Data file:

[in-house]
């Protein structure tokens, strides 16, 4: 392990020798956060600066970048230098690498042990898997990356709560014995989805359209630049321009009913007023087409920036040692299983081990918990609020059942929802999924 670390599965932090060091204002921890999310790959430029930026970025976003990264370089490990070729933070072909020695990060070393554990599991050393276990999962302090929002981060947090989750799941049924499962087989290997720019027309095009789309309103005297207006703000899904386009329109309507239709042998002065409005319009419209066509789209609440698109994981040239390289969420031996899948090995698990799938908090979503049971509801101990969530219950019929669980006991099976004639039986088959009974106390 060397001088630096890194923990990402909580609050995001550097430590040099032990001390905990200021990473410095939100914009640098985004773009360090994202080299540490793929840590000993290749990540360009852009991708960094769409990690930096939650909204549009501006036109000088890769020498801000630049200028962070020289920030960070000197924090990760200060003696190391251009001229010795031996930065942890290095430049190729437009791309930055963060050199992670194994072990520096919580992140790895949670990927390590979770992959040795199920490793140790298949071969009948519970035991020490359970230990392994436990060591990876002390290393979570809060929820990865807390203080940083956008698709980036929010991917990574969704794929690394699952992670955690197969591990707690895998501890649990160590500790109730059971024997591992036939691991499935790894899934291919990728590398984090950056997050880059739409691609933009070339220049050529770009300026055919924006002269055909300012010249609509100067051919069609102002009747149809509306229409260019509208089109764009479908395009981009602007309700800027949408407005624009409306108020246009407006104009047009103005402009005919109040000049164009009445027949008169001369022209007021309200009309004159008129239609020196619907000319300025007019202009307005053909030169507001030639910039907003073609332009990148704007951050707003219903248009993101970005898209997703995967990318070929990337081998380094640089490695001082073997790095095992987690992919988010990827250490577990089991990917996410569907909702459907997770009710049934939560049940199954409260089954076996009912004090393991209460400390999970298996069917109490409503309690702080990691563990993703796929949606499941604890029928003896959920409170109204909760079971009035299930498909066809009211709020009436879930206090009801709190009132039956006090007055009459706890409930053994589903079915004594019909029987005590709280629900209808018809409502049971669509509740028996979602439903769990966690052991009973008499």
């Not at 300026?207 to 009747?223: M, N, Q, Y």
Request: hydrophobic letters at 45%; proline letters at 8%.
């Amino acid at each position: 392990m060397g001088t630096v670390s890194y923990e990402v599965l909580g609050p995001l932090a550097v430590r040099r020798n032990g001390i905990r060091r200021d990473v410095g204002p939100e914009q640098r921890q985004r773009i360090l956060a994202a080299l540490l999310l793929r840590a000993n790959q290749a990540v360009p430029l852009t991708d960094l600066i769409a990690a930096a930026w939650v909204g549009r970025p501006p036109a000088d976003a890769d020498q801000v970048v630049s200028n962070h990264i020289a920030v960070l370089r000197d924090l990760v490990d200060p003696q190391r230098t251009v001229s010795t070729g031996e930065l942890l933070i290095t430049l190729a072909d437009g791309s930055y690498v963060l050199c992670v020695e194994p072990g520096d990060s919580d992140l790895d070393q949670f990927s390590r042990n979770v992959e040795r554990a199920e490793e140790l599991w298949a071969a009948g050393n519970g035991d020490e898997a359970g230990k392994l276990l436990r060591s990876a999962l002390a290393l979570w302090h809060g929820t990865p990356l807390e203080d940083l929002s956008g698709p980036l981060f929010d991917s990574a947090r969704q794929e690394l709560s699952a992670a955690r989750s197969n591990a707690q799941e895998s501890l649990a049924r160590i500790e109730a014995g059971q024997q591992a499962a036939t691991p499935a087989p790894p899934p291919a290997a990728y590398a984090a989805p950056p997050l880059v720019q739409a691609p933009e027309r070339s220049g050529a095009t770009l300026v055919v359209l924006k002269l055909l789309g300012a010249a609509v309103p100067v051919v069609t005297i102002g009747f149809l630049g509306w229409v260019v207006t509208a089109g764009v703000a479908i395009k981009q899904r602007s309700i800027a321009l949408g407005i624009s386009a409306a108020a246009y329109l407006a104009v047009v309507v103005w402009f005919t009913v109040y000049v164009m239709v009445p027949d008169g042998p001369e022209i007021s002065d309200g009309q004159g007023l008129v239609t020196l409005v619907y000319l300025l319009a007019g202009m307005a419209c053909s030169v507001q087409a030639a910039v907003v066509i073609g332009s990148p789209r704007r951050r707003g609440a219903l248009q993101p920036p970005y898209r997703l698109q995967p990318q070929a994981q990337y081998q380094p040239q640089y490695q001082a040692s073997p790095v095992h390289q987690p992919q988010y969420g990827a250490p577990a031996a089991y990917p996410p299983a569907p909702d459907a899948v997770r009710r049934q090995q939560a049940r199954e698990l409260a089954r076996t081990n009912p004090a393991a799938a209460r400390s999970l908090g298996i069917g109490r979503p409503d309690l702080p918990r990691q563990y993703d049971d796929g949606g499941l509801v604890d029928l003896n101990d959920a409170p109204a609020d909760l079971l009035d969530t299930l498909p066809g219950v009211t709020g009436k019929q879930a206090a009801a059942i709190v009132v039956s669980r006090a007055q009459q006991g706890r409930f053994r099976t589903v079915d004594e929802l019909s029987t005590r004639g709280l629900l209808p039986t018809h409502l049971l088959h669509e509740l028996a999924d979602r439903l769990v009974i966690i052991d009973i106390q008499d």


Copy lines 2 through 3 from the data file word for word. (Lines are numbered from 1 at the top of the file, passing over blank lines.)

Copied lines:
């Protein structure tokens, strides 16, 4: 392990020798956060600066970048230098690498042990898997990356709560014995989805359209630049321009009913007023087409920036040692299983081990918990609020059942929802999924 670390599965932090060091204002921890999310790959430029930026970025976003990264370089490990070729933070072909020695990060070393554990599991050393276990999962302090929002981060947090989750799941049924499962087989290997720019027309095009789309309103005297207006703000899904386009329109309507239709042998002065409005319009419209066509789209609440698109994981040239390289969420031996899948090995698990799938908090979503049971509801101990969530219950019929669980006991099976004639039986088959009974106390 060397001088630096890194923990990402909580609050995001550097430590040099032990001390905990200021990473410095939100914009640098985004773009360090994202080299540490793929840590000993290749990540360009852009991708960094769409990690930096939650909204549009501006036109000088890769020498801000630049200028962070020289920030960070000197924090990760200060003696190391251009001229010795031996930065942890290095430049190729437009791309930055963060050199992670194994072990520096919580992140790895949670990927390590979770992959040795199920490793140790298949071969009948519970035991020490359970230990392994436990060591990876002390290393979570809060929820990865807390203080940083956008698709980036929010991917990574969704794929690394699952992670955690197969591990707690895998501890649990160590500790109730059971024997591992036939691991499935790894899934291919990728590398984090950056997050880059739409691609933009070339220049050529770009300026055919924006002269055909300012010249609509100067051919069609102002009747149809509306229409260019509208089109764009479908395009981009602007309700800027949408407005624009409306108020246009407006104009047009103005402009005919109040000049164009009445027949008169001369022209007021309200009309004159008129239609020196619907000319300025007019202009307005053909030169507001030639910039907003073609332009990148704007951050707003219903248009993101970005898209997703995967990318070929990337081998380094640089490695001082073997790095095992987690992919988010990827250490577990089991990917996410569907909702459907997770009710049934939560049940199954409260089954076996009912004090393991209460400390999970298996069917109490409503309690702080990691563990993703796929949606499941604890029928003896959920409170109204909760079971009035299930498909066809009211709020009436879930206090009801709190009132039956006090007055009459706890409930053994589903079915004594019909029987005590709280629900209808018809409502049971669509509740028996979602439903769990966690052991009973008499």
């Not at 300026?207 to 009747?223: M, N, Q, Y």